A newly discovered critically endangered frog species found nowhere else in the world beyond the Atewa Range Forest Reserve has been described and published.
With the common name Atewa Slippery frog, the new species has been named Conraua sagyimase after the community of Sagyimase at the foot of the Atewa Forest that has supported work on the frog. The Akan common name for the new species is “kwaeɛ mu nsutene apɔnkyerɛne”, meaning the “frog of the forest streams.”
This discovery comes on the back of the recent global designation of Atewa Forest as an Alliance for Zero Extinction site (AZE),a designation that means the area is now a ‘No-Go Area’ for companies and banks adhering to the International Finance Corporation’s Performance Standards for project financing. Earlier this year, another new frog species named Afia Birago Puddle Frog gave rise to this AZE designation.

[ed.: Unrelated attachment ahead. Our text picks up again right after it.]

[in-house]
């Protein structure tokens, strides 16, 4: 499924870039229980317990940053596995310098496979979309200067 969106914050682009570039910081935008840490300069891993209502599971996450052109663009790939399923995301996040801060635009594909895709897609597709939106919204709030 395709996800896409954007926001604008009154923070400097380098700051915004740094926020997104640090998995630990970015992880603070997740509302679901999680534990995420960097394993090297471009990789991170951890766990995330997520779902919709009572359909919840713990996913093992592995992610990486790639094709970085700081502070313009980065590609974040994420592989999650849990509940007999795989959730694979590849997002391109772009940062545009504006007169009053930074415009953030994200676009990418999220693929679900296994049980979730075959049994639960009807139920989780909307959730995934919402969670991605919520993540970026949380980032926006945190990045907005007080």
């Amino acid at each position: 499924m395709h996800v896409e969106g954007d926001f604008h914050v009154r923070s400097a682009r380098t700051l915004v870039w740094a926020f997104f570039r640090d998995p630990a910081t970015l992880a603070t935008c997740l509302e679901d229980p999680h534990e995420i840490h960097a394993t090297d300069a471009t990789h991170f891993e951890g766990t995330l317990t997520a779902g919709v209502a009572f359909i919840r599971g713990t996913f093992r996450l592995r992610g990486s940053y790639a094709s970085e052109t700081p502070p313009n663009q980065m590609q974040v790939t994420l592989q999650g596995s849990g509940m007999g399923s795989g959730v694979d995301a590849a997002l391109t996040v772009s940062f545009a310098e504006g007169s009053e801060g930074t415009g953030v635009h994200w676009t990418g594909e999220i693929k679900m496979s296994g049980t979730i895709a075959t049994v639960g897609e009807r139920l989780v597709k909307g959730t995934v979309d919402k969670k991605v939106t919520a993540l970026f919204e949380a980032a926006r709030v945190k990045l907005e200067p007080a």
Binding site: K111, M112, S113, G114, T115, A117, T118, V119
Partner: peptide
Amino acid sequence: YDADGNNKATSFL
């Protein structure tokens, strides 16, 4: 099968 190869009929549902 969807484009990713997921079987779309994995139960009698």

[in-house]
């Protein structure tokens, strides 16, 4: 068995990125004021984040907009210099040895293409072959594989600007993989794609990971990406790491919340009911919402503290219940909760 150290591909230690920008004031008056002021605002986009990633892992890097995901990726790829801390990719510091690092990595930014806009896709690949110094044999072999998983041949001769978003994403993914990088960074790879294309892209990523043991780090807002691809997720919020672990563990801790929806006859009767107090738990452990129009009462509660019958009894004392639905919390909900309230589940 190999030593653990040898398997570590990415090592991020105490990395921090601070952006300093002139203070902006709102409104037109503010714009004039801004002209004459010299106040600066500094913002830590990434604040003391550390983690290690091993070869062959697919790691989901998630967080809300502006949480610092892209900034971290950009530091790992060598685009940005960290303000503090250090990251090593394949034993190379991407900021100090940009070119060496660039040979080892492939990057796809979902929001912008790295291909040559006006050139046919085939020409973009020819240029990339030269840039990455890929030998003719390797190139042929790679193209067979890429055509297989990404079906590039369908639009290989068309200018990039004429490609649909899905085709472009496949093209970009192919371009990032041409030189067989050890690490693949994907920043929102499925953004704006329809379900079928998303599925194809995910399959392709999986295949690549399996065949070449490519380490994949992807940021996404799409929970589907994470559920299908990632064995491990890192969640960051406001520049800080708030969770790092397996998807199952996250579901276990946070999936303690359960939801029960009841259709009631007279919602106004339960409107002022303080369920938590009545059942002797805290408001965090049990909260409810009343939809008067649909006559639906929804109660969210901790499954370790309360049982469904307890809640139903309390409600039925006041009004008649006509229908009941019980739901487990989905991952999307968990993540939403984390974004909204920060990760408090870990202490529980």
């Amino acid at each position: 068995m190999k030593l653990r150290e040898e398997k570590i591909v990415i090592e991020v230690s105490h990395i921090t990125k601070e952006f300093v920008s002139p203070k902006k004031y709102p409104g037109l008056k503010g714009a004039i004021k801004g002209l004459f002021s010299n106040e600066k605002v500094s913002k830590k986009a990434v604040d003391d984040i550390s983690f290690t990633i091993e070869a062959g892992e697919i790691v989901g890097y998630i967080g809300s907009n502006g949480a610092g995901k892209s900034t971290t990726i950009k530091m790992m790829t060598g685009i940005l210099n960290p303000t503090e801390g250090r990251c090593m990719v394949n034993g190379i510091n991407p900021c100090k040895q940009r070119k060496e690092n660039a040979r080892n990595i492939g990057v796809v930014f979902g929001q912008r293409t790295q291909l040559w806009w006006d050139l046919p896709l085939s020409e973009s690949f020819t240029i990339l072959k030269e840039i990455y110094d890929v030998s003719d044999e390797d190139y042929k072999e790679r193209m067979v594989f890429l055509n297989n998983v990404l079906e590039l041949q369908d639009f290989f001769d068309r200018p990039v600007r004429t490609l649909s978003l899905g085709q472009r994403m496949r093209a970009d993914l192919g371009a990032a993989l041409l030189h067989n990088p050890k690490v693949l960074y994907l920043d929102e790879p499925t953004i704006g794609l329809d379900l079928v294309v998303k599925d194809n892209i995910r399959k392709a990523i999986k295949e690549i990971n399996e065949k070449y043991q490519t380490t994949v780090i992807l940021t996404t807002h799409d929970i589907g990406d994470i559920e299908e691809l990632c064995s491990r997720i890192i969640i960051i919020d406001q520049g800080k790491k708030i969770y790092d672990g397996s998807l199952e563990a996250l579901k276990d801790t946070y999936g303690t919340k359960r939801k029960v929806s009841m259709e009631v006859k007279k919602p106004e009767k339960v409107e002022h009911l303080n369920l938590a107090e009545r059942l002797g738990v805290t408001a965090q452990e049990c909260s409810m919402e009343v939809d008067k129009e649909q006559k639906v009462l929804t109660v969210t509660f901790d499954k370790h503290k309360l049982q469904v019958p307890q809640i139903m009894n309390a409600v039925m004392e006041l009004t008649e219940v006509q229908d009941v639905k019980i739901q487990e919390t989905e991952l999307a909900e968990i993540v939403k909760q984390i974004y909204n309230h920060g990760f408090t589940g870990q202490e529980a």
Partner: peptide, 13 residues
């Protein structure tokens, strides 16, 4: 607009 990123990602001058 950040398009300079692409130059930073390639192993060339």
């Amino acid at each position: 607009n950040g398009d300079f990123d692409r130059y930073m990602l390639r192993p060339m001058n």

The Conraua sagyimase is found only in five streams in the northern part of the Atewa Range Forest Reserve. The scientists, who include Ghanaian Scientist Dr Caleb Ofori-Boateng from the CSIR-Forestry Research Institute of Ghana (CSIR-FORIG), highlighted that the new frog species occupies relatively pristine upland evergreen forest habitats within an elevation range of ~ 500–750 meters above sea level. It occurs in rocky, clear, generally fast-flowing streams and waterfalls, although some individuals have also been recorded in slow-flowing streams.
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